A Creed Green Irish Tweed Smell-Alike? (Impressions)
Creed’s Green Irish Tweed (1985) has been, without dispute, one of the mainstays and major successes of the Creed line since its release over twenty-five years ago. The fragrance is iconic and instantly recognizable, and love it or hate it, it’s successful for a reason: It’s that bloody good.
It was a conversation that occurred recently with my wife when I commented that “Creed Green Irish Tweed now smells almost dead common when walking the streets of Manhattan.” Little wonder: Creed sells a lot of it, men like it, and it has a refined elegance about it that shouts to the commoner, “I smell expensive!” Despite the Creed heritage and price, it’s become ubiquitous in New York. And it was for that reason that I gave up my bottle about two years ago and donated the balance to a colleague of my wife’s.
So it’s not very surprising to understand the desire to copy or improve on the recipe. Doing so could tap into the collective marketplace that views Creed Green Irish Tweed (GIT) to be a reference standard for a contemporary, classic men’s fragrance representing elegance and quality. What is surprising is stumbling upon that realization that someone possibly came very close to creating a close-enough smell-alike of GIT as to create just enough confusion on what someone might smell.
Enter Bond No 9 Chez Bond (2003). Yes, I’m not kidding. A Bond that smells very close to a Creed, save for some stylistic queues that segregate the two (the underlying Bond and Creed signature notes differ, as do the composition elements). Despite those changes, Bond No 9 has mastered the art of the Xerox when it comes to making a close cousin of the iconic Creed scent. The realization came upon me when I tested the Bond fragrance at Saks — Chez Bond is easily missed as Bond doesn’t promote it as fervently as they do more recent releases — and found enough olfactory similarity despite the significant variance of ingredients. And this isn’t a one-off occurrence, though I’ll return to this shortly.
Chez Bond is composed of notes of citrus accords, tea and sandalwood. Straight-forward, simple, not fussy. Creed Green Irish Tweed’s notes? Well, there are more of them, beginning with an opening of iris and lemon verbena, a heart that includes violet and violet leaf, basil and vetiver, and a based of sandalwood, cedar and amber.
Wait, the only thing in common is sandalwood? Apparently, yes, but the outcomes are incredibly close, so either the notes aren’t making as much a difference or we have a very clever variation that reaches a similar outcome nearly as effectively. So what are the other differences? Price, namely. The cost for the 100ml of the Bond is $230 where Creed Green Irish Tweed is $260 for 75ml. The 120ml size of the Creed? $315. Other differences such as the bottle are more preference aspects. Longevity and sillage are roughly equal between the two.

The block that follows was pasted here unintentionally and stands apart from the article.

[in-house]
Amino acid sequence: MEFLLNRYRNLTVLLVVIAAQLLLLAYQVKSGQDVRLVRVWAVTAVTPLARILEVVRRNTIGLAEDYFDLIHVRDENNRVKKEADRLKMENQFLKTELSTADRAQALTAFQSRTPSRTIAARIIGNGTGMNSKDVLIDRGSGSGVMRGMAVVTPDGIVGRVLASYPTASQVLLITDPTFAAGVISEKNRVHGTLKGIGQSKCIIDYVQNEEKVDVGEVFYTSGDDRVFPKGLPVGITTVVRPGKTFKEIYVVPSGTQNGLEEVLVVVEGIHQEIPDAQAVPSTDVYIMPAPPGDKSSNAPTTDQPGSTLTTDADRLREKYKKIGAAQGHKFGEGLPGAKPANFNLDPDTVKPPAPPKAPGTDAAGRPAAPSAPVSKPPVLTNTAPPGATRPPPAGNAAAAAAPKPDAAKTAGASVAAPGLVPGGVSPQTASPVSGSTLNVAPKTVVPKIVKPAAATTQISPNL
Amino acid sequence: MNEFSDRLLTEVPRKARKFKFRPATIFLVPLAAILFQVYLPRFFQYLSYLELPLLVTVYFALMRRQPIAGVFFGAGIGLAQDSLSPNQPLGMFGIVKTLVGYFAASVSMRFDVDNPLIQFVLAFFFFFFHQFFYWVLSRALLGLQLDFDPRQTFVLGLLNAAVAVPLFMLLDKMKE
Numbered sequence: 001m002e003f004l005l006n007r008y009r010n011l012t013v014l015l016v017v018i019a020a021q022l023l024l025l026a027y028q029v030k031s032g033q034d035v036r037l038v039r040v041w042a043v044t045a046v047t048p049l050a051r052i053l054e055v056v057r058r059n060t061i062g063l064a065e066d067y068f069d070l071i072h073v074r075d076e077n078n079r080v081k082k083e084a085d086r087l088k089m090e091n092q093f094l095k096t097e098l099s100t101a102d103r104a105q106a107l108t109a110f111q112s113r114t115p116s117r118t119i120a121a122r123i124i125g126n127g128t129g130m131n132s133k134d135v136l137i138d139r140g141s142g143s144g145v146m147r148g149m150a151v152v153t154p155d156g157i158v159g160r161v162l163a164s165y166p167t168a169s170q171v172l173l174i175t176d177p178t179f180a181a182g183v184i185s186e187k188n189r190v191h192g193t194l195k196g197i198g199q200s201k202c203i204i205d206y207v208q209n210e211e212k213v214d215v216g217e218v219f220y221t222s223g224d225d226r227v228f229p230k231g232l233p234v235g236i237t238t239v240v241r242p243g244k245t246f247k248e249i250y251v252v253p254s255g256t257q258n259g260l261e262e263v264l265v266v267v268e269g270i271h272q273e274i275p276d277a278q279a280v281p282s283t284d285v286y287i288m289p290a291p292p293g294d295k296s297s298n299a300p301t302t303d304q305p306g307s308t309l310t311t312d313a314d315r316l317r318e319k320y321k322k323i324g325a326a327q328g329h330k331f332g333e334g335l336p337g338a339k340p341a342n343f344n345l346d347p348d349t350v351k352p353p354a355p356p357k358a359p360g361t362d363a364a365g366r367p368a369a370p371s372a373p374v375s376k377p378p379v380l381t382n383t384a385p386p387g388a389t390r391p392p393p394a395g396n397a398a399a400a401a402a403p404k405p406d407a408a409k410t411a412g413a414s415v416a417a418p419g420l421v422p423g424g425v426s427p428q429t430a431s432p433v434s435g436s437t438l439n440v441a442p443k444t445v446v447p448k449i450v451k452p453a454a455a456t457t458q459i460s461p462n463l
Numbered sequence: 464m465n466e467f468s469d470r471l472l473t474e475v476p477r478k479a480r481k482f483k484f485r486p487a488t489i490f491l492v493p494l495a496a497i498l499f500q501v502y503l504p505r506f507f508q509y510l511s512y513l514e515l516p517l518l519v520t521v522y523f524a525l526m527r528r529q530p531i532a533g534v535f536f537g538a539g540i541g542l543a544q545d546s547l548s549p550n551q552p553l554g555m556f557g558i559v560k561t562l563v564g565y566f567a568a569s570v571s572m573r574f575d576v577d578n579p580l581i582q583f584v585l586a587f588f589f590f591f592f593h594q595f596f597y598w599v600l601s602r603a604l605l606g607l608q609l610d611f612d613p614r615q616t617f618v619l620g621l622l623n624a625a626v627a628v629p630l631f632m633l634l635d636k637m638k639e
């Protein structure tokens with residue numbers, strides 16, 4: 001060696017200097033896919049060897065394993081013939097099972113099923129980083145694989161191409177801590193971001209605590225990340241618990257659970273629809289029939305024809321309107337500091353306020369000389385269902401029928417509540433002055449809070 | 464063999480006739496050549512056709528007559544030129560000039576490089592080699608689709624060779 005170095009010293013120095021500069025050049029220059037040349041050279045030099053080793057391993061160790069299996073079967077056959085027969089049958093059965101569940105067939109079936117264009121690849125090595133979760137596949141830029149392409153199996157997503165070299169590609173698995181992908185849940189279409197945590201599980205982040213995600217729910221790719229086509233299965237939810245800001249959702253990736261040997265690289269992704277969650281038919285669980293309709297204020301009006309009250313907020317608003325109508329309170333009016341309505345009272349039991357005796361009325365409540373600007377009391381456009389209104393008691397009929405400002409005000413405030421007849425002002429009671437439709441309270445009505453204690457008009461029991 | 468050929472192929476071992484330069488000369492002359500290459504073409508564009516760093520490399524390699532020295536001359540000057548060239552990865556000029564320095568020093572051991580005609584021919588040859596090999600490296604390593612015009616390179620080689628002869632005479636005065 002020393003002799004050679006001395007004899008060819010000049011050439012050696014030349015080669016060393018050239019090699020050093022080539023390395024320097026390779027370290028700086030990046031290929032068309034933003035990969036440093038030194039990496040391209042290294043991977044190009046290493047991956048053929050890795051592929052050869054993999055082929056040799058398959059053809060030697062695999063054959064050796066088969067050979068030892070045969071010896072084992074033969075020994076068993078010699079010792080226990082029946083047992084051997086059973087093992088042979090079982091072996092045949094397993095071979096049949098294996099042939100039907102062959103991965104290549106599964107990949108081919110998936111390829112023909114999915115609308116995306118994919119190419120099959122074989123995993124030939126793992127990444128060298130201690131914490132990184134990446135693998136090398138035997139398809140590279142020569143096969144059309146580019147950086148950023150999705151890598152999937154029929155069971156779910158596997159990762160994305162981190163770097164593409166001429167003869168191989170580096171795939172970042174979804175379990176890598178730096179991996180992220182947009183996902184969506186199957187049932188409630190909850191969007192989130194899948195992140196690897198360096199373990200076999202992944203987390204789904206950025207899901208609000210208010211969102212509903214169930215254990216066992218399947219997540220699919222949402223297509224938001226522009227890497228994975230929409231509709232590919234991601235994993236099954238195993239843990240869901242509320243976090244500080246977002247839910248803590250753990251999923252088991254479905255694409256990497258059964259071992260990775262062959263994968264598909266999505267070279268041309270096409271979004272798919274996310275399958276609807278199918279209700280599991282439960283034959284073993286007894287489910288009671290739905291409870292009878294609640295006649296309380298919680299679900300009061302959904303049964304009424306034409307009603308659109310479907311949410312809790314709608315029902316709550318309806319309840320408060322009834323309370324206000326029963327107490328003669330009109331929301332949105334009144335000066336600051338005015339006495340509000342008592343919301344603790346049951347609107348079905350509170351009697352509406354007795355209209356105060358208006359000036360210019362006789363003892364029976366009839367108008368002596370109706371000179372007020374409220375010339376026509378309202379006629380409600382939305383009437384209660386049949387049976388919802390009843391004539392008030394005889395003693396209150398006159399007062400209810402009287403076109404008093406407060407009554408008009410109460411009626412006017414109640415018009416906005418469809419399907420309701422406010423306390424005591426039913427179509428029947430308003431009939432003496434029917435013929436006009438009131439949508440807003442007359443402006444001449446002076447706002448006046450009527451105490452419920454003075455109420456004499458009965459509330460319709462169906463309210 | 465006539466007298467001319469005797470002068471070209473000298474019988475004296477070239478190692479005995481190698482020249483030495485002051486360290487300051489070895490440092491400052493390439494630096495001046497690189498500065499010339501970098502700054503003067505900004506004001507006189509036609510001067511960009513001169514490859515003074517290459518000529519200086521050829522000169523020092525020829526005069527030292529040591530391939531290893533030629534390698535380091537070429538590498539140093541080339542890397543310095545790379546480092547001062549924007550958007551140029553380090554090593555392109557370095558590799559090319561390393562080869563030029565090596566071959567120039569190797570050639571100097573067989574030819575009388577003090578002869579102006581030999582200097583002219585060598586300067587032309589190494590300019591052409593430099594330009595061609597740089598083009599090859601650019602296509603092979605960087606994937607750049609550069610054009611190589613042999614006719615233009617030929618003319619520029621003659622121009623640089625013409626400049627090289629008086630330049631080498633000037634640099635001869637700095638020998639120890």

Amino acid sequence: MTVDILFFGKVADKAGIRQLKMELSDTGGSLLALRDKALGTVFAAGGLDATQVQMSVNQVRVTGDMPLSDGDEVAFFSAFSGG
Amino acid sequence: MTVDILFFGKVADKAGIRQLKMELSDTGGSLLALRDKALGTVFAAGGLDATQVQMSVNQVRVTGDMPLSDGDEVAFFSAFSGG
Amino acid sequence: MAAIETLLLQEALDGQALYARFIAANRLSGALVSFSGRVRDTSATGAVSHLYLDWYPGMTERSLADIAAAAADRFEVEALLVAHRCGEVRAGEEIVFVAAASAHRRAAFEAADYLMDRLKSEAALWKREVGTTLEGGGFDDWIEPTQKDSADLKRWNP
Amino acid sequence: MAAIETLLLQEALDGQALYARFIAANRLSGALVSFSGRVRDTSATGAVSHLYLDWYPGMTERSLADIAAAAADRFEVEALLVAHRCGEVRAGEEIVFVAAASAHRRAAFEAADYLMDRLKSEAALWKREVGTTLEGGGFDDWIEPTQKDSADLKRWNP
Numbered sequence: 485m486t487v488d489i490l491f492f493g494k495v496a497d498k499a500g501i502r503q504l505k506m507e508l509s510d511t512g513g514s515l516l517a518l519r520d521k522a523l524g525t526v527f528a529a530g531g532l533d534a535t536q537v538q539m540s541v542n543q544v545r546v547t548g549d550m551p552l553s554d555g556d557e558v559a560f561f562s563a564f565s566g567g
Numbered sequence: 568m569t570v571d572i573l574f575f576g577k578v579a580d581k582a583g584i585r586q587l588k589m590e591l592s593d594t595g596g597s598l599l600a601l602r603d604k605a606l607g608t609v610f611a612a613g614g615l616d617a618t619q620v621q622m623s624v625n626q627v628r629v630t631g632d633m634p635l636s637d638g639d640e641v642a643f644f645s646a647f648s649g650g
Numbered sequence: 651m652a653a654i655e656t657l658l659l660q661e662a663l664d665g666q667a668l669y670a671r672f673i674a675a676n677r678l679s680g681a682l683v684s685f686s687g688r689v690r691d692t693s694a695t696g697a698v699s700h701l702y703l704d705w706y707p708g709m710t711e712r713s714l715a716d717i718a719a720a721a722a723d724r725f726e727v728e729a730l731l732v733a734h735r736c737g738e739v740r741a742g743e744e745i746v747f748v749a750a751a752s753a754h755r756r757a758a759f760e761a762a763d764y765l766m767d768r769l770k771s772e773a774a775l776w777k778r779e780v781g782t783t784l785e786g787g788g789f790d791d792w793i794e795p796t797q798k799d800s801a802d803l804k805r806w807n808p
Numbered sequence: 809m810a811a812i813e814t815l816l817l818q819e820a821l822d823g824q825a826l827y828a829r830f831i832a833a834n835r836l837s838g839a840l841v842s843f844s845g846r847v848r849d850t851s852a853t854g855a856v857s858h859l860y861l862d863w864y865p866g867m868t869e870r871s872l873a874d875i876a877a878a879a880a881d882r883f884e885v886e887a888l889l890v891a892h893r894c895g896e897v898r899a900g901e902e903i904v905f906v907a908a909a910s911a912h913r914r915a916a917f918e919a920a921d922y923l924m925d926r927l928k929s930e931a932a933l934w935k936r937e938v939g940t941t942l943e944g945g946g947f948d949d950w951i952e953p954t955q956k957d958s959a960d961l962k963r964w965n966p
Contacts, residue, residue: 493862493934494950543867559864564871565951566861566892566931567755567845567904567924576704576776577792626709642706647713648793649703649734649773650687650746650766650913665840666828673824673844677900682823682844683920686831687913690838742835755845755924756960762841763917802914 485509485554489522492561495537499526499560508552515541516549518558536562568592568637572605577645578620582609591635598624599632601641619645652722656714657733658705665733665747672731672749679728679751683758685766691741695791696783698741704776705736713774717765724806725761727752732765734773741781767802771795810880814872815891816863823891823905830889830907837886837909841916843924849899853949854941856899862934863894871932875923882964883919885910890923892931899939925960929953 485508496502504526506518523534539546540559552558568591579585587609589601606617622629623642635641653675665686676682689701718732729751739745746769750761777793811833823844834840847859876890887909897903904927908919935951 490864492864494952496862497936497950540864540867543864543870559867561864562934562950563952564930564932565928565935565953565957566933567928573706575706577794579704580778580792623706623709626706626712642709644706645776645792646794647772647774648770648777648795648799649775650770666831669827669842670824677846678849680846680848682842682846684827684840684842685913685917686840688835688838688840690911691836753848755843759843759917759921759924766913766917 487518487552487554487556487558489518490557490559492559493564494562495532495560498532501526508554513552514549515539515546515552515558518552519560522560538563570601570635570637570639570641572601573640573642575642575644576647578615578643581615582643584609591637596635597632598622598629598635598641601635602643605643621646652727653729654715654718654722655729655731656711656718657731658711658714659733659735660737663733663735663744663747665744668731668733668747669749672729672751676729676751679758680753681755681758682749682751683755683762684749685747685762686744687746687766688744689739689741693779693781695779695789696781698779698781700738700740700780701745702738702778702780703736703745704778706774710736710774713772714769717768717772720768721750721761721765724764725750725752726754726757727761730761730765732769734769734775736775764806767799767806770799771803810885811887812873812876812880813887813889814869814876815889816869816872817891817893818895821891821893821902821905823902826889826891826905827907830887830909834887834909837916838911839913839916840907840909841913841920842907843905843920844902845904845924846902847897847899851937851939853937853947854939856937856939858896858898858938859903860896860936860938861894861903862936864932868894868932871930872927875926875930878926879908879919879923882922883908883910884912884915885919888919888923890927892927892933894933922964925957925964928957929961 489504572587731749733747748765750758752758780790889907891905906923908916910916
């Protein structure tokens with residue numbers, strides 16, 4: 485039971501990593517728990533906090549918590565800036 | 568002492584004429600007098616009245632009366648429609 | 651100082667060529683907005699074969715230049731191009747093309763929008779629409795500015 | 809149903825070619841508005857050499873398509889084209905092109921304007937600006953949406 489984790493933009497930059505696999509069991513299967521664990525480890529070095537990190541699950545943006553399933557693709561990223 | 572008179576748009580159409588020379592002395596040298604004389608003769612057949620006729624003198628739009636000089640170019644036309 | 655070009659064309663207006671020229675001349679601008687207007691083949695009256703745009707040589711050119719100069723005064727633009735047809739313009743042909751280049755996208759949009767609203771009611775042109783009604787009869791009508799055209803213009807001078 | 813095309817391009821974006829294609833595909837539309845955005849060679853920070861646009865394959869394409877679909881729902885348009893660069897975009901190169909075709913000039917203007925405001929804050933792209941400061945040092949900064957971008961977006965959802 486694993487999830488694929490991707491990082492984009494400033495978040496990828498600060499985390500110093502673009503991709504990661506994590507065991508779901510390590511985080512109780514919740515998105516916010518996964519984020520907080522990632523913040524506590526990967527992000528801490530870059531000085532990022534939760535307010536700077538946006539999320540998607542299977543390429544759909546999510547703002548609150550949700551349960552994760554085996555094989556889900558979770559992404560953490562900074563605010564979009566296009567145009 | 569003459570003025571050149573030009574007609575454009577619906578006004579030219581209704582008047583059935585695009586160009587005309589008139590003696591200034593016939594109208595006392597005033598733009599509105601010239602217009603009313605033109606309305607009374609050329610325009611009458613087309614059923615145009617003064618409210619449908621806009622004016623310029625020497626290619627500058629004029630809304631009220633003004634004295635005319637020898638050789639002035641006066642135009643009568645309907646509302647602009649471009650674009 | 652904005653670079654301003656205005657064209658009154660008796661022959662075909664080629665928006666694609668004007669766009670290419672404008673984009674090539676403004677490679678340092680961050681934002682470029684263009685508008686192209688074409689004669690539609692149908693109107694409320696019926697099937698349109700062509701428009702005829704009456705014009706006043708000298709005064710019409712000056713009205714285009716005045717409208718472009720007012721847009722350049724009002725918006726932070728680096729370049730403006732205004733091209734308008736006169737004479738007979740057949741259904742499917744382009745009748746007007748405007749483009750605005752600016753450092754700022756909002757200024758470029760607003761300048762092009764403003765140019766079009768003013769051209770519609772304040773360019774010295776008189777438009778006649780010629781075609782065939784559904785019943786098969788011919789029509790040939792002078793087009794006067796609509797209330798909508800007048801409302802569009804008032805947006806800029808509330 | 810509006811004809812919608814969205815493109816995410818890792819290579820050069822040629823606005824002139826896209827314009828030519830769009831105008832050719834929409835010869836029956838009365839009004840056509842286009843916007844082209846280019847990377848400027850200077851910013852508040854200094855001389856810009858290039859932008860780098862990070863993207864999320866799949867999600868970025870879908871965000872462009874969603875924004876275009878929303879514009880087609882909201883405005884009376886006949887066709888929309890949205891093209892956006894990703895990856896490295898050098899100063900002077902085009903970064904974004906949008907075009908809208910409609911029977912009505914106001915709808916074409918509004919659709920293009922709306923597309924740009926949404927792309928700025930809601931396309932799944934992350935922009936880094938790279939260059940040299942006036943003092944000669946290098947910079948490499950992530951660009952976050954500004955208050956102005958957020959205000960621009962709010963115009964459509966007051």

The two scents are very close. They’re not quite the same, but they are close in outcome. From a minor point perspective, there is something specific about the Creed that simply ‘smells’ slightly more refined and sophisticated, and that’s not just knowing which body part or paper card was sprayed. The Creed still retains that certain panache that just isn’t equaled in a replica.
This isn’t the first time I’ve had such a deja vu experience with a Bond fragrance, however. A more recent example is found in Bond No 9 Cooper Square. The smell-alike there? You’d need to go back a while further and the comparison is one that most people will not recall unless they’ve experienced the compared fragrance enough for close recollection. In this case, the smell-alike is the original Calvin Cologne from Calvin Klein (1981). Once again, those two fragrances are a good example of achieving a very close result with a much different set of component notes. Shame it’s too difficult to compare side-by-side.
It’s true that “great minds think alike” and “there are often multiple roads to the same destination”. For me, both Bond seemed to highlight the truth in those statements. While both are excellent outcomes, when compared to the originals to which each resembles, they’re just different enough to notice.
And after all, imitation is the sincerest form of flattery.